Monday, November 30, 2015

Hail Renée: Fleming Makes for a Mirthful 'Merry Widow' at the Lyric -- Chicago Opera Review

Chicago Opera / Theater Review

The Merry Widow
an operetta by Franz Lehár
Lyric Opera of Chicago
Thru December 13
(Nicole Cabell replaces Renée Fleming
in title role after December 3rd performance)

The last time I saw Renée Fleming, I wasn't even on the outside looking in.

But rather at a video screen on the side of a building.

It was June 2013 and I happened to be in Vienna, Austria, while Fleming was starring in Richard Strauss' Capriccio at the grand Vienna State Opera.

Although the theater was just a few feet from my hotel and I took a tour of it, Capriccio was sold-out, with even face value seats predominantly pricier than I could justify, let alone scalper's tickets had I known where to find them.

It would have been cool to see Fleming--by then serving as a Creative Consultant to the Lyric Opera of Chicago--on stage in Vienna, but as a tourism experience, sitting alongside the opera house with a large crowd of tourists and locals as the opera was broadcast from within may well have been even cooler.

I've seen Fleming at the Lyric a couple times before, and seeing her in Franz Lehár's The Merry Widow once again gave me no reason to doubt that she is--as often acclaimed--one of the best opera singers in the world.

Yet quite honestly, everyone I hear at the Civic Opera House sounds outstanding to me, and I really doubt if I could distinguish much vocal difference between Fleming and any other prima donna, even those relatively new to prestigious opera roles and houses.

But still a striking presence in her mid-50s, the soprano is also an engaging actress, and while I am ill-qualified to pen any sort of comparative critique, I found Fleming and The Merry Widow rather delightful.

It is deemed an operetta, lighter in tone and musicality than most classic operas, and while I could perceive some differences--including considerable spoken dialogue--here too I lack the wherewithal to provide much contrast, particularly as most "operas" seem to have slight, silly, melodramatic librettos (i.e. plot lines).

Still, as anyone who has read any of my previous opera reviews could likely recite at this point, though I admire, appreciate and enjoy most operas I see, I still fail to emotionally embrace the art form--or any particular opera--the way I do Broadway musicals and great rock concerts.

And I will say that this essentially remained true at The Merry Widow, which I had also seen at Lyric in 2010.

But given the presence and quality of Fleming, her terrific co-star Thomas Hampson--this is the third time I've seen them paired--the other singers in principal roles (Heidi Stober, Michael Spyres) and many oft-enjoyed Chicago theater performers largely in speaking and/or dancing roles (Jeff Dumas, Michael Weber, Fred Zimmerman, Jennie Sophia, Ariane Dolan and more), The Merry Widow was about as acutely enjoyable as a night at the opera gets for me.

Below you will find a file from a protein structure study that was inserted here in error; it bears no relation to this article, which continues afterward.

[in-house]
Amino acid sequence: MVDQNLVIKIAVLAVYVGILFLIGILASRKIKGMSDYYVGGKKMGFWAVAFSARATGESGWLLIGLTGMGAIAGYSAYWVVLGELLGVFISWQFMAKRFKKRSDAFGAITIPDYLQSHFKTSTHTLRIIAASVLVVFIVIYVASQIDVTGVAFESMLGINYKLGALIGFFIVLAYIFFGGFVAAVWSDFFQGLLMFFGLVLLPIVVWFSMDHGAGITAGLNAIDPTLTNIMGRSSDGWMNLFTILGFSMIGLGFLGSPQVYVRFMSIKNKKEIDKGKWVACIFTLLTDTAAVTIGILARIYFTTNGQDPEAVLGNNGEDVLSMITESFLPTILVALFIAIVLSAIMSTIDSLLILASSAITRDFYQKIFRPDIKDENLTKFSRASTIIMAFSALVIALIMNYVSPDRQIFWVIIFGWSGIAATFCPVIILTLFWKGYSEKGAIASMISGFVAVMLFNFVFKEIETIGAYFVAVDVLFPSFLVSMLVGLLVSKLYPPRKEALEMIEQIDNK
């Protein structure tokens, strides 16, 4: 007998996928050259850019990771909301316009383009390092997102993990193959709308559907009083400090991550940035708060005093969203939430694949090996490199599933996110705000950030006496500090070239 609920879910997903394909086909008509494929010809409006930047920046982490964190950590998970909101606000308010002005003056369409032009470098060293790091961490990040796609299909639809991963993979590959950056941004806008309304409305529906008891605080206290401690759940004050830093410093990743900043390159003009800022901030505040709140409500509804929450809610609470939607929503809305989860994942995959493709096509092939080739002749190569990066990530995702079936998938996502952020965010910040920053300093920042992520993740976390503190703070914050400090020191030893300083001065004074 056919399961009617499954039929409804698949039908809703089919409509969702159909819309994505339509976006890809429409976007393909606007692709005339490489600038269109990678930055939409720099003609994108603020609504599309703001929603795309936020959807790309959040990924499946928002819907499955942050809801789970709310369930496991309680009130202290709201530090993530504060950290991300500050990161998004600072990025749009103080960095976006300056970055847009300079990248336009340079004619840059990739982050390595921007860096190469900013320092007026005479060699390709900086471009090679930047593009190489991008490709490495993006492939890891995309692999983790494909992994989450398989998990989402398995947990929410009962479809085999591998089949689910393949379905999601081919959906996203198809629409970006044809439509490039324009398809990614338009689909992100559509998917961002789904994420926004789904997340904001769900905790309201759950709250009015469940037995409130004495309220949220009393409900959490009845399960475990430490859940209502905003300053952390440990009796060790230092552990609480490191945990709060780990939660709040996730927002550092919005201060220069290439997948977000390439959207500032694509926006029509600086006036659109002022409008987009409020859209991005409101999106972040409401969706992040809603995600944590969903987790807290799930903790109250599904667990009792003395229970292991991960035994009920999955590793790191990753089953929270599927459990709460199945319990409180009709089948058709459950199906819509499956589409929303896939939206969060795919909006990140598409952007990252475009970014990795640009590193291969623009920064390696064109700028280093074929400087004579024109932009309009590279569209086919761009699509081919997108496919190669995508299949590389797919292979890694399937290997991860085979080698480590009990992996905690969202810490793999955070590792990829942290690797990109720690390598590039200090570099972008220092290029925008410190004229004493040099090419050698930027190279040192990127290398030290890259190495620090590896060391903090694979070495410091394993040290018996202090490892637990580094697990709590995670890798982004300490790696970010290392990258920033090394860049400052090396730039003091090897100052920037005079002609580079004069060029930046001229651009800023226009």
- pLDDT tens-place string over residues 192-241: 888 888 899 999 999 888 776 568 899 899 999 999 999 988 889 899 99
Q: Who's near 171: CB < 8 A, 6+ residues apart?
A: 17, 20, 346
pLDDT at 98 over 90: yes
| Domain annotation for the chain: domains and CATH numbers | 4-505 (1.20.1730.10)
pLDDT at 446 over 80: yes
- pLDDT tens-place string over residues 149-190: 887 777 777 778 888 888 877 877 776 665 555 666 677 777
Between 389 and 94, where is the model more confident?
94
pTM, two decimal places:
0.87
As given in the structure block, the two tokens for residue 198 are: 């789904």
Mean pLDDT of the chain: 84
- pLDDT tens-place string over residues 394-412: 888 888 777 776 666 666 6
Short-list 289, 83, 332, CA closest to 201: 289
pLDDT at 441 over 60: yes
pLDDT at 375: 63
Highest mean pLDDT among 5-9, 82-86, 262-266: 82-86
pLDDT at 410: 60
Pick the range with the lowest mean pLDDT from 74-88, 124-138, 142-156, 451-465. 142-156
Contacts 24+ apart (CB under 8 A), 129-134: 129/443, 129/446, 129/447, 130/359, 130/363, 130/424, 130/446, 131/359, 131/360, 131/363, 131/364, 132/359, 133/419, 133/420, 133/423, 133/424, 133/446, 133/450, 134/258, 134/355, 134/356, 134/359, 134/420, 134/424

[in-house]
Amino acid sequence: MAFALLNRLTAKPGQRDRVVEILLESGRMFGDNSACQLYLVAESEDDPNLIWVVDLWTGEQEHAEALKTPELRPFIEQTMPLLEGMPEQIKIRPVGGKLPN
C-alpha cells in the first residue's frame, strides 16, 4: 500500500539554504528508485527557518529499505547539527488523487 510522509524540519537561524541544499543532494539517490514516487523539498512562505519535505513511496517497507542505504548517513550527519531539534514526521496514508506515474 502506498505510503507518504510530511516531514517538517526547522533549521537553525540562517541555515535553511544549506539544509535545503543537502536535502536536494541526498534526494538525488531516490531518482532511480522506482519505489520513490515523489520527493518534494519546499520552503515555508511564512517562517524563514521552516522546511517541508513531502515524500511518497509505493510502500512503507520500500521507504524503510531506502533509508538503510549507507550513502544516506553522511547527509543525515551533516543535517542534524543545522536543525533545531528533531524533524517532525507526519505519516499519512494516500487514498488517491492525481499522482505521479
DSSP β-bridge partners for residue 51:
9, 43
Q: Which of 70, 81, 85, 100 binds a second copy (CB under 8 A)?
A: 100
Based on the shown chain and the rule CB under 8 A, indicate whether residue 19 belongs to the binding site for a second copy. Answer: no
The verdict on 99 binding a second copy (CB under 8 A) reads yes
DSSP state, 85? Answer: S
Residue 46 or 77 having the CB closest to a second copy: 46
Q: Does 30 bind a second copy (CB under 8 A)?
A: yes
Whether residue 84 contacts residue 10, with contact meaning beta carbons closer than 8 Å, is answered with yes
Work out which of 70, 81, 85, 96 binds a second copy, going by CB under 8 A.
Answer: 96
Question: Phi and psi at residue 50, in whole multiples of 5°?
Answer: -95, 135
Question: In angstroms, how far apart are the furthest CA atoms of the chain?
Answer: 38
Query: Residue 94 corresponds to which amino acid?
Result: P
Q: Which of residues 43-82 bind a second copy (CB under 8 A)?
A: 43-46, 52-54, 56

It also helped that this lavish production is directed by Susan Stroman, who helmed my all-time favorite Broadway musical, The Producers.

Although originally written by Lehár in German, the operetta has been performed in numerous languages, and here it is delivered in English (though supertitles still helped).

While there is sublime operatic singing by Fleming, Hampson and others, there are also some lively choral numbers that veer a bit closer to Broadway musical stylings.

The story isn't deep, as it involves a hugely wealthy widow (Hanna, played by Fleming) from the fictional country of Pontevedrian attending an Embassy ball in Paris, where in order to keep her wealth within his country's coffers the ambassador tries to set her up with a Pontevedrian playboy of sorts, who happens to be her former lover (Danilo, enacted by Hampson with a rogue charm).

The melodrama is relatively easy to follow, and pretty fun, especially in looping in some adultery and
deception among secondary characters, plus a visit to the sexy Parisian dance hall, Maxim's, where a cadre of fetching grisettes dance the Can-Can.

So while I can't speak to The Merry Widow's relative merits within the operatic canon or how this production compares to other versions--even the one I saw in 2010--nor can I truthfully say that I found it preferable to a first-rate musical or concert, simply in terms of abundantly entertaining and pleasing me, the current rendition rates rather high.

And any chance to see Renée Fleming perform on an opera stage is a welcome one.

Especially from inside the theater.

As of this writing, Fleming performs as Hanna once more, on Thursday afternoon. The also rather esteemed Nicole Cabell assumes the role for the Lyric's final 3 performances, and with the rest of the cast remaining intact, I have to imagine The Merry Widow will remain rather enchanting.

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